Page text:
Faith under challenge: LGFVs’ diverging path
Sluggish property market and stressed fiscal revenue
In China, the property sector directly contributed around one-third of national fiscal revenue. “Land finance”, referring to government budgetary income generated from concessions of state-owned land-use rights and taxes related to real estate, and land-related funding, best captures the source of revenue of China’s local and regional governments (LRGs). A booming property market is the premise of land finance, and the current setback in housing and the land market has challenged the sustainability of land finance more than ever. Government fund revenue dipped for the first time in seven years in 2022, mainly due to the continued decline in land transactions as a result of less land acquisition by real estate companies.
LGFVs and land funding
LGFVs emerged alongside China's accelerated urbanisation, as a solution for LRGs to meet infrastructure development needs. Given the shortfall in tax income and funding constraints, LRGs had recourse to land finance and began to set up local financing platforms, i.e., LGFVs, to raise funds and undertake infrastructure projects on their behalf. Many local governments injected substantial amounts of land into LGFVs to enhance the collateral available to them. With implicit credit endorsement from governments (even guarantees in the past) and land as collateral, the platform companies were favoured by financial institutions. Funding was obtained to meet capex on infrastructure, and increased urban construction raised land values. This method of land funding enabled LGFVs to accumulate and roll over debt with limited operating cash inflow.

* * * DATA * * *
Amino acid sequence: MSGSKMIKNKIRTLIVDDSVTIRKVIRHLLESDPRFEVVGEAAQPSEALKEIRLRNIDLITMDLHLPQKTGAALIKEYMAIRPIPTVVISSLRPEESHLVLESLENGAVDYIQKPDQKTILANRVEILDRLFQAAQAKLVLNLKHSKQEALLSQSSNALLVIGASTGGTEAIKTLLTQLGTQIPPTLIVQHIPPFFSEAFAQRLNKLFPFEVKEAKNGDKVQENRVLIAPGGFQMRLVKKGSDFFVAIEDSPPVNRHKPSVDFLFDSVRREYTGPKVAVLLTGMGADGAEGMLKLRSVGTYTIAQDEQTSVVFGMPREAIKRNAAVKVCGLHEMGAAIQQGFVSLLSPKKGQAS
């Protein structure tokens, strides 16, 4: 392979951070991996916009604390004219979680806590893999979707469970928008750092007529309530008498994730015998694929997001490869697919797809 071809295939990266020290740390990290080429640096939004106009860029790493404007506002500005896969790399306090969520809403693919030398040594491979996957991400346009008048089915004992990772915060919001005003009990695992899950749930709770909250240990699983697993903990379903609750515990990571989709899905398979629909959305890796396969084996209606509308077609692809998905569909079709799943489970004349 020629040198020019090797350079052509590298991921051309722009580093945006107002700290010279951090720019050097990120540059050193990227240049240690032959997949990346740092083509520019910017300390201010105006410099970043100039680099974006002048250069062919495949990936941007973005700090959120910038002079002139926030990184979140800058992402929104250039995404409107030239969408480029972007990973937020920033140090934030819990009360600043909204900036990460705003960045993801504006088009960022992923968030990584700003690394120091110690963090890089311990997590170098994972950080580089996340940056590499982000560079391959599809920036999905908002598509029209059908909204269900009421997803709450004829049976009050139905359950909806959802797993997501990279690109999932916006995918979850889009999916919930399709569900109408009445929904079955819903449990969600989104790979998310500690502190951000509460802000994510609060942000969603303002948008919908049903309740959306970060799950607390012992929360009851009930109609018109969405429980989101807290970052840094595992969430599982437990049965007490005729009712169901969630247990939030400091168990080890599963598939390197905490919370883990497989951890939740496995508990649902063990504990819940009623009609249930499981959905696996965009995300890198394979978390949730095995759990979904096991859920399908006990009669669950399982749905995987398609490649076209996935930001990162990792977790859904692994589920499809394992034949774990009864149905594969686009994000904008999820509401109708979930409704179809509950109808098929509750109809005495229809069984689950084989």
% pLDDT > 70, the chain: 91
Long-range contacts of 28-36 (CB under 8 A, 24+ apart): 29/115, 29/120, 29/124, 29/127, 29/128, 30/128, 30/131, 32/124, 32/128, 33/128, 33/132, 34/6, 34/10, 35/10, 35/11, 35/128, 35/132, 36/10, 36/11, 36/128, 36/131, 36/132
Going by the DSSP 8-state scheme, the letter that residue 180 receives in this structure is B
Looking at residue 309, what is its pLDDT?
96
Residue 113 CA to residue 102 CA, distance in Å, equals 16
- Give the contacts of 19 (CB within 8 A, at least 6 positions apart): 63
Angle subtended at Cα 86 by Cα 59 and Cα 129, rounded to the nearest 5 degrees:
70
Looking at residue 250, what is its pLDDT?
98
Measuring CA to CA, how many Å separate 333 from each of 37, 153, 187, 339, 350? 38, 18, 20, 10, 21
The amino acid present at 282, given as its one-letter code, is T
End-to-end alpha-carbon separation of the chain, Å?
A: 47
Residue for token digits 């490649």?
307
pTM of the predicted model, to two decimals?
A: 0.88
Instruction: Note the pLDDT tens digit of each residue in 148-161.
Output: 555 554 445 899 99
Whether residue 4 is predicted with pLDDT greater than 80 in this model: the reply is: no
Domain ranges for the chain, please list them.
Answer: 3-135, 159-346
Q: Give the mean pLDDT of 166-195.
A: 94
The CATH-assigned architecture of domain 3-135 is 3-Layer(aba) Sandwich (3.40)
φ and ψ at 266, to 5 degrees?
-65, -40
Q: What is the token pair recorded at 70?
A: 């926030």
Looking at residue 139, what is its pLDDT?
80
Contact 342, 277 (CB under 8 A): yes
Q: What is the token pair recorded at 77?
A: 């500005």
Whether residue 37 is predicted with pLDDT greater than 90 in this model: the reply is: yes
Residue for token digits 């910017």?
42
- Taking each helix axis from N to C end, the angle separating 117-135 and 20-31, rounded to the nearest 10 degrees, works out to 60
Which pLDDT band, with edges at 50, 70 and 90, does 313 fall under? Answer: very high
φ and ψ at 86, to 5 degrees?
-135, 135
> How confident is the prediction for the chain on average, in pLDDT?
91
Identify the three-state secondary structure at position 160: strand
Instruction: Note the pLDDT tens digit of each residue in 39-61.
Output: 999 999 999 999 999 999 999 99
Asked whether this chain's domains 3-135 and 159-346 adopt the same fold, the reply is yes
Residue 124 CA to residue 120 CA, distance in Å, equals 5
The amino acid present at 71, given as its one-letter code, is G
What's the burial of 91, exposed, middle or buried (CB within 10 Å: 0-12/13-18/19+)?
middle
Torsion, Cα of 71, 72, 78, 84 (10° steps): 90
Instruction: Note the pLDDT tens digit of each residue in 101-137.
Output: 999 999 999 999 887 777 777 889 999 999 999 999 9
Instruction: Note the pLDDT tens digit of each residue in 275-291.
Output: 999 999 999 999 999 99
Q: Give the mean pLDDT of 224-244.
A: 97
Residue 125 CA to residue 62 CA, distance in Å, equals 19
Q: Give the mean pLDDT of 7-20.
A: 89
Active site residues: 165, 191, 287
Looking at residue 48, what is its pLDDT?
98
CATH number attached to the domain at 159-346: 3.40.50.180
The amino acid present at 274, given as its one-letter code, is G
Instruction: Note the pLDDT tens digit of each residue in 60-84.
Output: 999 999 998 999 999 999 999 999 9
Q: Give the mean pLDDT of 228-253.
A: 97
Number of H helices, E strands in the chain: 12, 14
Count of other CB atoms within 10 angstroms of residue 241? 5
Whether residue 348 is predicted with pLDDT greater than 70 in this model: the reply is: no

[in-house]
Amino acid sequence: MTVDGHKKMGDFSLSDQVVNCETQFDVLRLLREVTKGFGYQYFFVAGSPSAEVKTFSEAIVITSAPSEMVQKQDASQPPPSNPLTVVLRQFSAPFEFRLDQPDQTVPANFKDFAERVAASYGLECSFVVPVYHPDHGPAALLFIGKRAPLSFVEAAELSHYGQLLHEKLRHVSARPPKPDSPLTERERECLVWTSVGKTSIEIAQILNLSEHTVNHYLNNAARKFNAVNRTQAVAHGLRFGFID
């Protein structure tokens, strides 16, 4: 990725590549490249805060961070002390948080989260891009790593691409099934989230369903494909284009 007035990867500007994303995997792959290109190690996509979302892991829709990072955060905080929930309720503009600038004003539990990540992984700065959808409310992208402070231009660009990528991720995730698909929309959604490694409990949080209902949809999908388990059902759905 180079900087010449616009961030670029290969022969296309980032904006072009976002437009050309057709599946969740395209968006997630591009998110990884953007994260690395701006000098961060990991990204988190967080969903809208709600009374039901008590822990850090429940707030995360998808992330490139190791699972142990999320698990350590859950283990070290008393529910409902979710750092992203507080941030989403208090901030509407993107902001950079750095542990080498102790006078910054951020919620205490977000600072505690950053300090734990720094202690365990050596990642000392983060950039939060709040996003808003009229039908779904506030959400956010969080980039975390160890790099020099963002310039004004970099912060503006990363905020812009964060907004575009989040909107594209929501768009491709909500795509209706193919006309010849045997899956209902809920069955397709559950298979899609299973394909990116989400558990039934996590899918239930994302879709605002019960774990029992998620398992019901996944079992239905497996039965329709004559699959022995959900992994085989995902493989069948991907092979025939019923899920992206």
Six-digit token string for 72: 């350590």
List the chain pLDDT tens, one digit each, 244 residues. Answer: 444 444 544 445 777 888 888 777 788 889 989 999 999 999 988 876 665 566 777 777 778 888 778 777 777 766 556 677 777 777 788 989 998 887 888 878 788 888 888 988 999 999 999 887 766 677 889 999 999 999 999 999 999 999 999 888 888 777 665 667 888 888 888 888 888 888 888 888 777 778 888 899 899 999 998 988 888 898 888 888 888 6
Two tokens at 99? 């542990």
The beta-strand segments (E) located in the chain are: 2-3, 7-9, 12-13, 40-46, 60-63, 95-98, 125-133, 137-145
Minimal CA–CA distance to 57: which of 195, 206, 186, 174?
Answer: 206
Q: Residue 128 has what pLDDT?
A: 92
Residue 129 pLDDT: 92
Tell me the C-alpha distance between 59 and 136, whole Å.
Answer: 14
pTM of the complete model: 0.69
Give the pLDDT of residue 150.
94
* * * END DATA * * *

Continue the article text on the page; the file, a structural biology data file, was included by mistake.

Faith in LGFVs floundering?
LGFVs will likely remain instrumental in public projects, despite the evolving LRG-LGFV relationship and LGFVs’ changing business model. LRGs still need LGFVs to fulfil policy mandates and are, thus, willing to support subordinate investment platforms. However, LRGs’ ability to provide such support depends on their fiscal strength and the availability of local public resources, including local SOEs, and financial resources from local institutions, especially state-owned banks; this differentiates the credit performance among LGFVs.
While LRGs’ ability to support varies, so does credit performance among entities from the same region. LRGs are likely to allocate their depletable resources to subordinate LGFVs according to the platforms’ importance to local governments; this is decided by the administrative level of owner governments and the number and political implication of public projects undertaken by each LGFV.
LGFVs and LRGs have been tenacious in repaying public debt, and servicing public debt has come at the cost of rising credit risk for non-public products. Troubled platforms would allocate financial resources primarily to public bonds and leave non-standard products at greater risk. As weak LGFVs found it difficult to find funding through the public market, their reliance on non-standard products increased. The time lag between the emergence of non-standard-product credit events and potential market reaction leaves decent room for investors to adjust their portfolios.
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